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What age are they ready to eat?

(14 Posts)
DaisySteiner Sun 21-Sep-08 18:29:53

Hatched some chicks out earlier this year, the plan being to eat the cockerels. They're about 11 weeks old now and I'm just wondering what age/size they need to be before we put them in the pot!


SmugColditz Sun 21-Sep-08 18:30:35

I thought this was about weaning.

DaisySteiner Sun 21-Sep-08 18:37:56

And I read your reply thinking "durrr, chickens don't even drink milk, why would I be weaning them?" blush

bronze Sun 21-Sep-08 18:44:52

Depends what breed they are. Fast growing types such as hubbards can be ready at about 13 weeks.

DaisySteiner Sun 21-Sep-08 18:51:06

They're a Maran and Gingernut-layer type thing cross.

thesockmonsterofdoom Mon 29-Sep-08 12:19:19

can you tell already which are which? I would be worried that I would get it wrong and eat my layers.

oggsfrog Mon 29-Sep-08 12:29:47

I'm crap at remembering how old ours are so they are ready to eat when they look big enough.
The bigger older ones go in the pot; if they are not too old then we roast them.

I can tell from quite a young age what they are from a combination of things... how big their feet are, whether they develop the little spot that grows on to be the spur and how their tails sit.
The cockerels tails tend to stand upright whereas the hens tails are flatter.

mehgalegs Mon 29-Sep-08 12:33:31

I can always spot the roosters when there are a several in a mix as their combs always seem to grow more quickly.

Our sassos were ready from 12 weeks and they are fast growers.

We ate the first at 13 weeks and some at 15 and they wre just right.

DaisySteiner Mon 29-Sep-08 15:08:20

I'm pretty sure which are cockerels - their combs are bigger, their tails are more upright and one has started crowing grin They also seem a bit bigger generally. I'm not massively worried about eating a layer by mistake as the object of the exercise was to rear some birds for the table and the hens are a bonus!

Will have to try Sassos next time though - I definitely think ours need another few weeks and faster-growers would be better. Mind you, they are free-ranging, perhaps if they only ate their special food they'd grow faster!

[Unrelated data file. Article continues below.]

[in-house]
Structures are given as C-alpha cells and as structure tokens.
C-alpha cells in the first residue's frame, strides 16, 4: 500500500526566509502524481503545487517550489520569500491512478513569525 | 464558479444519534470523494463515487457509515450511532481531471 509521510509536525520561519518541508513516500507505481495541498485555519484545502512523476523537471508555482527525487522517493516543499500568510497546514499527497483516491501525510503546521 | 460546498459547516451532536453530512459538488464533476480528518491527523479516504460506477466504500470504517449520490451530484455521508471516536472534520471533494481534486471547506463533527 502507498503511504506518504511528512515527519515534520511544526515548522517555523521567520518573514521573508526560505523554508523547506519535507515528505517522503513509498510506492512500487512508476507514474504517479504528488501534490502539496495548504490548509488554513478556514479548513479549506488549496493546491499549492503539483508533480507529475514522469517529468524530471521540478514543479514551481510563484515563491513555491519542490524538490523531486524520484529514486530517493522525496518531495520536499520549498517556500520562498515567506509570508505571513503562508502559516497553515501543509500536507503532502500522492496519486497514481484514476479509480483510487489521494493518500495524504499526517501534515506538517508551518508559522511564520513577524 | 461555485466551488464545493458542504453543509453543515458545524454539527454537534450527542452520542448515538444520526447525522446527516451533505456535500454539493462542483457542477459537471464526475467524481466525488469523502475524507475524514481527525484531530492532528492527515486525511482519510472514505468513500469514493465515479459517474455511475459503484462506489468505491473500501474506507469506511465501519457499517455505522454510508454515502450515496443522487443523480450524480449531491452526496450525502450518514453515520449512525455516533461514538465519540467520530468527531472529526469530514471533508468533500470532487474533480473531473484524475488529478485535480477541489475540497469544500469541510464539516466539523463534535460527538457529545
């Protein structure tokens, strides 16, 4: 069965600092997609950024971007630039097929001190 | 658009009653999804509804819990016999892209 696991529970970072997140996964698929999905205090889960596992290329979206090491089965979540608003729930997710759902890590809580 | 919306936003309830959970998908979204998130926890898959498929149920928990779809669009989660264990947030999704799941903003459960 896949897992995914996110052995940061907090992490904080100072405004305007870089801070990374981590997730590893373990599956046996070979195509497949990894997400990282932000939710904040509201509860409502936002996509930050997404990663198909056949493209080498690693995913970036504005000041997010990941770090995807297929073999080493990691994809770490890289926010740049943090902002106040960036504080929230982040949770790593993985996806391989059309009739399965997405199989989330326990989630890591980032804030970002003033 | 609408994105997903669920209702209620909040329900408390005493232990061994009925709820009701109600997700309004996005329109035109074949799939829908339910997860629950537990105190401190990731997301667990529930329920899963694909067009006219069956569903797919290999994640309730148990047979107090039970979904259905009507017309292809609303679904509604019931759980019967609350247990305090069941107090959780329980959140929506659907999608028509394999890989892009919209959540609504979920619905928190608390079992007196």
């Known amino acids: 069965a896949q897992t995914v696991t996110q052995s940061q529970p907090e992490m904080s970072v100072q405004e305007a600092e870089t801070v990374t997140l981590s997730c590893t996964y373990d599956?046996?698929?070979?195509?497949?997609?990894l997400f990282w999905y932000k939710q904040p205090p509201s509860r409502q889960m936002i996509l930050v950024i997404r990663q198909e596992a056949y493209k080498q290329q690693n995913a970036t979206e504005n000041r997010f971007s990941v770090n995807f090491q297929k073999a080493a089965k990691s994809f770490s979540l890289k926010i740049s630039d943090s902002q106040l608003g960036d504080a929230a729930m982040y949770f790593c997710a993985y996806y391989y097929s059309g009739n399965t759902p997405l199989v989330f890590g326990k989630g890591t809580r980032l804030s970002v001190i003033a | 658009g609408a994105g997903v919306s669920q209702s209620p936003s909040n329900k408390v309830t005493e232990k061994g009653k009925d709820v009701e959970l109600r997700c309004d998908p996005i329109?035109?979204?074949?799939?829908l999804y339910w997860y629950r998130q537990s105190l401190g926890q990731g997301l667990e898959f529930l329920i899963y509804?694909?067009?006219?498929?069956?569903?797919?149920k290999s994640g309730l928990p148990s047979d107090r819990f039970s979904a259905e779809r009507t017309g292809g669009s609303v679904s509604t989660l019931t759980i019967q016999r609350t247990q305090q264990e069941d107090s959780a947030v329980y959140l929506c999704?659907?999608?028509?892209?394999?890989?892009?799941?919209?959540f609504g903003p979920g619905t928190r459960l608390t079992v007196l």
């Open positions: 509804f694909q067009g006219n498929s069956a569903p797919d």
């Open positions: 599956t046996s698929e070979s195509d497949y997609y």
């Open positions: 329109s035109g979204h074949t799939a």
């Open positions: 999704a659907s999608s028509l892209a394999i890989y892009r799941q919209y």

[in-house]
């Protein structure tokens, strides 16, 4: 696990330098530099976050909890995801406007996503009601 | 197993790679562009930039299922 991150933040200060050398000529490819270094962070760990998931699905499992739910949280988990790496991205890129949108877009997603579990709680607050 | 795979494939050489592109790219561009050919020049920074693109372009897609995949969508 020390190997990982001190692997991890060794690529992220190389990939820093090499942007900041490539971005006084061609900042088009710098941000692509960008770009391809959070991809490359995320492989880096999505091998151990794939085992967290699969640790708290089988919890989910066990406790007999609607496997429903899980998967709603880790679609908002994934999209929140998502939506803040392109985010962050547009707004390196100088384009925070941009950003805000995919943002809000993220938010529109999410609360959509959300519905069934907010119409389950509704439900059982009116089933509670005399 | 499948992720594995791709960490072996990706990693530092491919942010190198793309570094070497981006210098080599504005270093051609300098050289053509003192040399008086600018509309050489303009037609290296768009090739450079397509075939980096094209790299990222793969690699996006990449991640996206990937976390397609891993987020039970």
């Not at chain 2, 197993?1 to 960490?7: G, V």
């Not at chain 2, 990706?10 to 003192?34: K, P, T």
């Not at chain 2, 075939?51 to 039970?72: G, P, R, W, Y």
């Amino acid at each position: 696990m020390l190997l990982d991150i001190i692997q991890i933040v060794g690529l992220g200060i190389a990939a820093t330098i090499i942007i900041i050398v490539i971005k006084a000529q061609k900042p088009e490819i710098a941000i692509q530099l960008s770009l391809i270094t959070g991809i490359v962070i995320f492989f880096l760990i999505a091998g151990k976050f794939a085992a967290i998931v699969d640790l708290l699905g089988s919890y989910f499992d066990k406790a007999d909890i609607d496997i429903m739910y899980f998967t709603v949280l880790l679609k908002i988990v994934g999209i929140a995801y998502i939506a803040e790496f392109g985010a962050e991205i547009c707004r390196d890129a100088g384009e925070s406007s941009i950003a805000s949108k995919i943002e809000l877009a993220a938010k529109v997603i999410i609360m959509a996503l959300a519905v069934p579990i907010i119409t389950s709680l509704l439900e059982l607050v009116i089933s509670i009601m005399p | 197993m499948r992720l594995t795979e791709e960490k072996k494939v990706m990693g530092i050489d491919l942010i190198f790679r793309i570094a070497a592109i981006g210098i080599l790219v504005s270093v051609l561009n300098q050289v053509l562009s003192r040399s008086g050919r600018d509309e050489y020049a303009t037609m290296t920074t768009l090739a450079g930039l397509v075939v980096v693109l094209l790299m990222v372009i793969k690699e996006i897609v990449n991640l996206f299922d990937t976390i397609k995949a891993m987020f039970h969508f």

TheDuchessOfNork Wed 01-Oct-08 21:46:19

I have Vorwerk/Sussex crosses and we started eating them at 17 weeks. It's always a bit of a surprise to kill a really heavy bird only to find there's really not much to it once it's been plucked & drawn.

There was enough meat for a roast for DH & I and 3 smallish DCs but there wasn't enough leftover to make another dinner. And I hung it for almost 2 days and it was really tender.

TheDuchessOfNork Wed 01-Oct-08 22:00:04

As for sexing birds - I think a lot of it comes down to the breed you have. All our hens & cockerels have spur spots and sticking up tails, but the combs on our cockerels begin to be prominent at just 3 weeks or so.

DaisySteiner Thu 02-Oct-08 09:59:17

I've started having a good feel off their breasts (oo-er) when I pick them up and there doesn't seem to be much on them yet, although free-range birds don't have very big breasts do they?

The cockerels aren't much smaller than our fully-grown hens now (at 12 weeks) so I imagine in another month or so they'll probably be ready. We were thinking of having a couple for Christmas dinner, so I hope there's enough!

oggsfrog Thu 02-Oct-08 12:09:58

Mine never seem to have much breast compared to shop bought free-range, but there is loads of meat on the legs and thighs.

stylesdawn Mon 06-Oct-08 18:31:43

we have various ages/breeds which we are raising to eat the cockeral, keep the hen, but the bigger babies seem to have turned nasty and started to pick on the smaller ones... is there anything we can do to overcome this? or should we jusst eat the nasty ones!!! they're about 17 weeks old so i suppose they bout ready anyway?

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